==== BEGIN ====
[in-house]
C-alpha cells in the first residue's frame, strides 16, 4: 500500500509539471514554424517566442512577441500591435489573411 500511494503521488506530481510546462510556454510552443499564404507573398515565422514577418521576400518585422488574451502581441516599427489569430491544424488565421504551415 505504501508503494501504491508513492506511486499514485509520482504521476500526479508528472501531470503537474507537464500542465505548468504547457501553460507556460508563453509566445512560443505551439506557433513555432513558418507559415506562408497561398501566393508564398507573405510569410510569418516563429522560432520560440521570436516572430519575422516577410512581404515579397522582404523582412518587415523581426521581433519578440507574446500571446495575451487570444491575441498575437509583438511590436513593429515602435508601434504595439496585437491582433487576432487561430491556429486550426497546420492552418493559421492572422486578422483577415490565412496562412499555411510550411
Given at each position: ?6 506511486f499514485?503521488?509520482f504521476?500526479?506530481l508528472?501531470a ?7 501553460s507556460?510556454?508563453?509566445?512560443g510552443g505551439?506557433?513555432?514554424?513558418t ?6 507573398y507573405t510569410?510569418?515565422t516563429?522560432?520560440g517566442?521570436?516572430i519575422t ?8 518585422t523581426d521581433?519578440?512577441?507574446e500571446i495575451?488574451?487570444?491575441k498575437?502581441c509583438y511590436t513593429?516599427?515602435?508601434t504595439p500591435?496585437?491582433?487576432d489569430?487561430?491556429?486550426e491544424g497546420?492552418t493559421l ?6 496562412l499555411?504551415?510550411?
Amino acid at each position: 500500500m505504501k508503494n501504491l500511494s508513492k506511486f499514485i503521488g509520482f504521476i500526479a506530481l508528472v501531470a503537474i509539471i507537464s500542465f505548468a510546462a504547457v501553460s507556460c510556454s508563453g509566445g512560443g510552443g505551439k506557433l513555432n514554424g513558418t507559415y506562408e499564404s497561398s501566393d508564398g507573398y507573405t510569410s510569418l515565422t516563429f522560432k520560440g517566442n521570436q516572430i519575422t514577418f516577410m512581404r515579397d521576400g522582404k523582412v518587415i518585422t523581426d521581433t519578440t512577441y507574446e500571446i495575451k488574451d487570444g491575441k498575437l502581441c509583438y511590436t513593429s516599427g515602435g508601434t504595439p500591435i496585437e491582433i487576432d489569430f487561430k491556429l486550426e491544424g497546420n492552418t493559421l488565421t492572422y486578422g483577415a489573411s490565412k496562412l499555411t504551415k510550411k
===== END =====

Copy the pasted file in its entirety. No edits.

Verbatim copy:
[in-house]
C-alpha cells in the first residue's frame, strides 16, 4: 500500500509539471514554424517566442512577441500591435489573411 500511494503521488506530481510546462510556454510552443499564404507573398515565422514577418521576400518585422488574451502581441516599427489569430491544424488565421504551415 505504501508503494501504491508513492506511486499514485509520482504521476500526479508528472501531470503537474507537464500542465505548468504547457501553460507556460508563453509566445512560443505551439506557433513555432513558418507559415506562408497561398501566393508564398507573405510569410510569418516563429522560432520560440521570436516572430519575422516577410512581404515579397522582404523582412518587415523581426521581433519578440507574446500571446495575451487570444491575441498575437509583438511590436513593429515602435508601434504595439496585437491582433487576432487561430491556429486550426497546420492552418493559421492572422486578422483577415490565412496562412499555411510550411
Given at each position: ?6 506511486f499514485?503521488?509520482f504521476?500526479?506530481l508528472?501531470a ?7 501553460s507556460?510556454?508563453?509566445?512560443g510552443g505551439?506557433?513555432?514554424?513558418t ?6 507573398y507573405t510569410?510569418?515565422t516563429?522560432?520560440g517566442?521570436?516572430i519575422t ?8 518585422t523581426d521581433?519578440?512577441?507574446e500571446i495575451?488574451?487570444?491575441k498575437?502581441c509583438y511590436t513593429?516599427?515602435?508601434t504595439p500591435?496585437?491582433?487576432d489569430?487561430?491556429?486550426e491544424g497546420?492552418t493559421l ?6 496562412l499555411?504551415?510550411?
Amino acid at each position: 500500500m505504501k508503494n501504491l500511494s508513492k506511486f499514485i503521488g509520482f504521476i500526479a506530481l508528472v501531470a503537474i509539471i507537464s500542465f505548468a510546462a504547457v501553460s507556460c510556454s508563453g509566445g512560443g510552443g505551439k506557433l513555432n514554424g513558418t507559415y506562408e499564404s497561398s501566393d508564398g507573398y507573405t510569410s510569418l515565422t516563429f522560432k520560440g517566442n521570436q516572430i519575422t514577418f516577410m512581404r515579397d521576400g522582404k523582412v518587415i518585422t523581426d521581433t519578440t512577441y507574446e500571446i495575451k488574451d487570444g491575441k498575437l502581441c509583438y511590436t513593429s516599427g515602435g508601434t504595439p500591435i496585437e491582433i487576432d489569430f487561430k491556429l486550426e491544424g497546420n492552418t493559421l488565421t492572422y486578422g483577415a489573411s490565412k496562412l499555411t504551415k510550411k